For the Kings, Kuzma (three years, $39 million combined on his deal) and Harrell ($9.7 million next season if he opts in) could fit in well on the roster that is now being built around De’Aaron Fox and Tyrese Haliburton. A source with knowledge of the talks said Philadelphia also has shown interest (unrelated to Simmons), with other teams believed to be engaged on that front as well. A Hield deal of some sort, it seems, is likely on the horizon. For the Lakers, adding an elite 3-point shooter like Hield on a long-term deal (three years, $63 million remaining) would be significant considering their struggles on that front last season. The Lakers ranked 25th in made 3s per game (11.1), were 24th in attempts (31.2) and 21st in 3-point percentage (35.4). Hield was third in the NBA in 3s per game (four) behind Steph Curry and Damian Lillard and third in attempts (10.2, also behind Curry and Lillard).
Alas, ESPN’s Marc Spears indicated that a Russell Westbrook sign-and-trade with Washington could be a possibility, and Charania indicated that a Buddy Hield deal might be in the works with Sacramento. Of all the scenarios for a supporting player believed to be in play, one source to the situation indicated the Hield deal — which would involve forward Kyle Kuzma and would also likely require Lakers forward Montrezl Harrell to opt in to the final year of his deal (worth $9.7 million) and be included — appears the most promising thus far.
From Buss on down, the Lakers have a healthy appreciation for James’ basketball superpowers and are well aware they won’t last forever. The injuries to James and Davis last season were an unwelcome reminder of that much, leading some Lakers officials to worry that this window might be even shorter than they’d originally hoped. As such, they’re in the process of turning over all the proverbial stones in search of the right piece(s) to return to the NBA’s mountaintop. Their time is now, in other words — again.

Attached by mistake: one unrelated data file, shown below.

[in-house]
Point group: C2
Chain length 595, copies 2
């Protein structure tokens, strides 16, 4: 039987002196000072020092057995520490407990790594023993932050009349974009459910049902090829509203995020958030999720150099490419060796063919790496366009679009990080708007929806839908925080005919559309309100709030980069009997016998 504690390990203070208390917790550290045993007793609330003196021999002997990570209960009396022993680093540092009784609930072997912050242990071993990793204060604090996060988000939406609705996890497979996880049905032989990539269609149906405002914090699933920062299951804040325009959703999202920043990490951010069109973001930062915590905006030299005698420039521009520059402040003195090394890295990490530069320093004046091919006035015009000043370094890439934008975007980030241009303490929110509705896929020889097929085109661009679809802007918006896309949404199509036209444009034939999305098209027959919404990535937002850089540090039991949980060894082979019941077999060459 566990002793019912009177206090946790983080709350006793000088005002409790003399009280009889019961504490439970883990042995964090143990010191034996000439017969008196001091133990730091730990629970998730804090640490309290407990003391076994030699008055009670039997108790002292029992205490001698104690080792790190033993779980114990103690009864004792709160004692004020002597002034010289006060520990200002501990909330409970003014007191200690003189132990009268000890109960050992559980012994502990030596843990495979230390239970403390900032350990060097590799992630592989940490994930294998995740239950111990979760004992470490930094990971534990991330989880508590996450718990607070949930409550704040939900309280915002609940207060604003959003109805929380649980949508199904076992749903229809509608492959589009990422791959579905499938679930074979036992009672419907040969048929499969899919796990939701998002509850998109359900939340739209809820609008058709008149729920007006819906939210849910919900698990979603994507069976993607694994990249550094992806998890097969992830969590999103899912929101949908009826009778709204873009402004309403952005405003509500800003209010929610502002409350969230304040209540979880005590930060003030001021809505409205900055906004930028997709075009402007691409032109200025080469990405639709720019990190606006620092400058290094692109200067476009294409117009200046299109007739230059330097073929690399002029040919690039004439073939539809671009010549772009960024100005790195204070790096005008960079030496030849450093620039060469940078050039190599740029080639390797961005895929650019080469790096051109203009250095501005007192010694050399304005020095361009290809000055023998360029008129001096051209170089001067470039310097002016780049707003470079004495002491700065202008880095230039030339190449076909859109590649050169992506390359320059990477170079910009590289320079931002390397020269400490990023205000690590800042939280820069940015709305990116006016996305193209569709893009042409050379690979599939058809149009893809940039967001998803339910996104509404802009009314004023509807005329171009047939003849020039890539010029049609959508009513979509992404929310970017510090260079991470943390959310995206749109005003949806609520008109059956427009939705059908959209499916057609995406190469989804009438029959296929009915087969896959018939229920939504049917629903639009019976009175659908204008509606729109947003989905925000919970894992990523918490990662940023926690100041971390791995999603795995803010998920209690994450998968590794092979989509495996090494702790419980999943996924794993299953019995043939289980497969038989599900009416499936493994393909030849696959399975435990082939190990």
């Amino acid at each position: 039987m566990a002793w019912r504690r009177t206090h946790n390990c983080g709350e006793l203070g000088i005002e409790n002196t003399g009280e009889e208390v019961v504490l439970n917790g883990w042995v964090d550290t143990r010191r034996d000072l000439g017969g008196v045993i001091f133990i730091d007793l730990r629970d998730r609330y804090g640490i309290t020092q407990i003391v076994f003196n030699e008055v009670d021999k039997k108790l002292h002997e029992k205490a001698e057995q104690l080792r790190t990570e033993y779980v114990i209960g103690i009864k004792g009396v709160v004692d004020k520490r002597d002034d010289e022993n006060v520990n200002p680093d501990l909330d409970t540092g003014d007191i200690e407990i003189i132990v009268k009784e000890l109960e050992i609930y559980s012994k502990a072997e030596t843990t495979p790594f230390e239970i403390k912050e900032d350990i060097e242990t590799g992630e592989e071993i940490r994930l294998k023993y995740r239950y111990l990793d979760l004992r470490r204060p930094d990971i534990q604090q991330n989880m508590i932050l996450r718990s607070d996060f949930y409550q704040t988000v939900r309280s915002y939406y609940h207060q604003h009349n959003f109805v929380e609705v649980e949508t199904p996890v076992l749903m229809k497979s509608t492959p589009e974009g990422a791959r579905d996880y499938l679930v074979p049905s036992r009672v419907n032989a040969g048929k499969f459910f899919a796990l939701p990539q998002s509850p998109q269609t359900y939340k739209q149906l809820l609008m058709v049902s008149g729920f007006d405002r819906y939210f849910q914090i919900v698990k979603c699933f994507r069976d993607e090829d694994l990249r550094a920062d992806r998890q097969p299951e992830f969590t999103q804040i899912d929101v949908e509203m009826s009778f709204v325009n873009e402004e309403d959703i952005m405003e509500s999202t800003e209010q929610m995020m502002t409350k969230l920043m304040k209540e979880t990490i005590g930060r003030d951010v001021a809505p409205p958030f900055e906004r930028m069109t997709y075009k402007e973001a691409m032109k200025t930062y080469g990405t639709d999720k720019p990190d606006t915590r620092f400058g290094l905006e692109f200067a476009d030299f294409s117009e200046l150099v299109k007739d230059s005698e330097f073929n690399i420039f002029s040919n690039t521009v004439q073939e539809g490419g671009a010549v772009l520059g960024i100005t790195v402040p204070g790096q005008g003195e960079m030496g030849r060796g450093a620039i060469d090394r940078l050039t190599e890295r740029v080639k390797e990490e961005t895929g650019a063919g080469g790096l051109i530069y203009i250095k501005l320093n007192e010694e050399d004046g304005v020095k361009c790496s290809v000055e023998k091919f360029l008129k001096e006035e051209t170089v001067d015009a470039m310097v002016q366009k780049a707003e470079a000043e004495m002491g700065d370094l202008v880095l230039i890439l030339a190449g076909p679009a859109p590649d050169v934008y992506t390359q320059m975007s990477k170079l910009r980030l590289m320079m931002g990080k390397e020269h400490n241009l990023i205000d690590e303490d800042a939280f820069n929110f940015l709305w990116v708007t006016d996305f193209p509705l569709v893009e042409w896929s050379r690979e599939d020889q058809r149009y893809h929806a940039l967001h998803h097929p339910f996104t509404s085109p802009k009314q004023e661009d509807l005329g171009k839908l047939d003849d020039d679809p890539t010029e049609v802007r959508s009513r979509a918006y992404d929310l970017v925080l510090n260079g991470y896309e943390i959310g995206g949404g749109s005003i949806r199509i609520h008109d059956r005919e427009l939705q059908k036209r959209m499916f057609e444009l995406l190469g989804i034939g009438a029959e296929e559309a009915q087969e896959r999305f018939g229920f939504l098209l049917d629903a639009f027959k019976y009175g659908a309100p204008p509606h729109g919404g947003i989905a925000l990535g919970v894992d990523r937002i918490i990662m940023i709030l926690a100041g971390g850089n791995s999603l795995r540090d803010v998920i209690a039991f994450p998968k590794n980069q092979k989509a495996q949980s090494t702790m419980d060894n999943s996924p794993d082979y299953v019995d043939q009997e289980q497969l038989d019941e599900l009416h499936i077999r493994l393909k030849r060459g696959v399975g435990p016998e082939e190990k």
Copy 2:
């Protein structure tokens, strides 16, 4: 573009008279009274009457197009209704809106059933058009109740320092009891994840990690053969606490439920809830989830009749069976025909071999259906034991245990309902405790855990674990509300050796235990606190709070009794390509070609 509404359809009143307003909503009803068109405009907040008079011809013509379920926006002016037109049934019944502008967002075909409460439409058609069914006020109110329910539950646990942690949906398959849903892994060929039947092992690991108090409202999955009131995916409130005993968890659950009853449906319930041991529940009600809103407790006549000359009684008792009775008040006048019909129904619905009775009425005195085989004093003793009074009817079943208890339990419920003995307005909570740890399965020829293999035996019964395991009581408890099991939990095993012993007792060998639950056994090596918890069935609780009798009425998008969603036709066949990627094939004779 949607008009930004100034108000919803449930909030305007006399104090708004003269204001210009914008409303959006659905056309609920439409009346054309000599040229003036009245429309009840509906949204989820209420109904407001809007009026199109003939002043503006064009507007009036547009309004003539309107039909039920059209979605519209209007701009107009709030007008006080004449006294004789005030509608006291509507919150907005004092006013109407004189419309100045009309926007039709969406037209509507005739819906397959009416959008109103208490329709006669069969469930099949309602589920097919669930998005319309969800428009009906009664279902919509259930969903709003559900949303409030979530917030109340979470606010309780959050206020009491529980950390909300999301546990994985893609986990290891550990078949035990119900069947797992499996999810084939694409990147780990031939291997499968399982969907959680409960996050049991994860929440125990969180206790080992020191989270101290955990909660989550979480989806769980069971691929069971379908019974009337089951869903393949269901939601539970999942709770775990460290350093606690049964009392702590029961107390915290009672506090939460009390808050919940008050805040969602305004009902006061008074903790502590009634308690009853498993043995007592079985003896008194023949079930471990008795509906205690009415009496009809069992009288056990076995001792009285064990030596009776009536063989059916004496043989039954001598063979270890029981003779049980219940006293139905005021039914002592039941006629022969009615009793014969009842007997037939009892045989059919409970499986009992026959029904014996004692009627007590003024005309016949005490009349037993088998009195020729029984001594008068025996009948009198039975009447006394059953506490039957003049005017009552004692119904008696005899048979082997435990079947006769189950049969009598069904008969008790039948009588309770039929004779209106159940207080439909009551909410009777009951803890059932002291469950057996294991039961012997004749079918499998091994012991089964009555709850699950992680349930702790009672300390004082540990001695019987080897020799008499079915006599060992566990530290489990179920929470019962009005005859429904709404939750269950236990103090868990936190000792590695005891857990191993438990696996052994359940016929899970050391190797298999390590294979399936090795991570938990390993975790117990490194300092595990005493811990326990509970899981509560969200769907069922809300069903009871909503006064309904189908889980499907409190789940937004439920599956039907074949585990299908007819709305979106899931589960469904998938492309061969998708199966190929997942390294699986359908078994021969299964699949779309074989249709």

Yet while Portland’s Damian Lillard and Washington’s Bradley Beal both appear to be in their respective holding patterns when it comes to possibly requesting a trade, it’s looking increasingly likely that Philadelphia’s Ben Simmons will be on the move. One source close to the situation handicapped Miami, Toronto and Washington as the most likely landing spots. The Wizards scenario, of course, would only take place if Beal wound up deciding that it was time for a new chapter outside of the nation’s capital. The moving parts, as you can see, are sometimes part of the same puzzle.
On the Lillard front, sources say he’ll continue focusing on his Team USA experience while waiting to see how the Blazers’ roster looks later in the offseason before reassessing his situation. Our Trail Blazers beat writer, Jason Quick, details those sensitive dynamics well here.
For Utah, the challenge is making a move for the roster that, in conjunction with the upcoming free agency, vaults the team squarely into title contention. And that probably won’t be easy with the assets the Jazz have. League sources tell The Athletic that All-Star point guard Mike Conley is likely to stay with the Jazz once free agency opens, but the price tag won’t be a cheap one. If that indeed comes to fruition, the Jazz will have to figure out how to fill the roster out and make improvements.
The Jazz need wings. That much is certain. League sources indicate the Jazz like rising second-year player Hughes to the point where he could find his way in Utah’s rotation. The caveat is that Hughes needs to have a good showing in Summer League play, especially on the defensive end. The Jazz really like what he brings offensively. They want to see what he is able to bring on the other end of the floor.
Michael Scotto: Regarding New Orleans, the scuttlebutt, as they say, had been Lowry potentially going there and to get him around $30 million. With that in mind, he’s their top guy, and there’s been a rumor out there about Lonzo Ball and a potential sign-and-trade with Malcolm Brogdon. It seemed to me that was more of a fallback option for Lowry. It looks like they’re trying to clear that cap space. Somepeople are thinking they maybe did it to match Lonzo, but Ball wasn’t getting $30 million. Read between the lines there a little bit.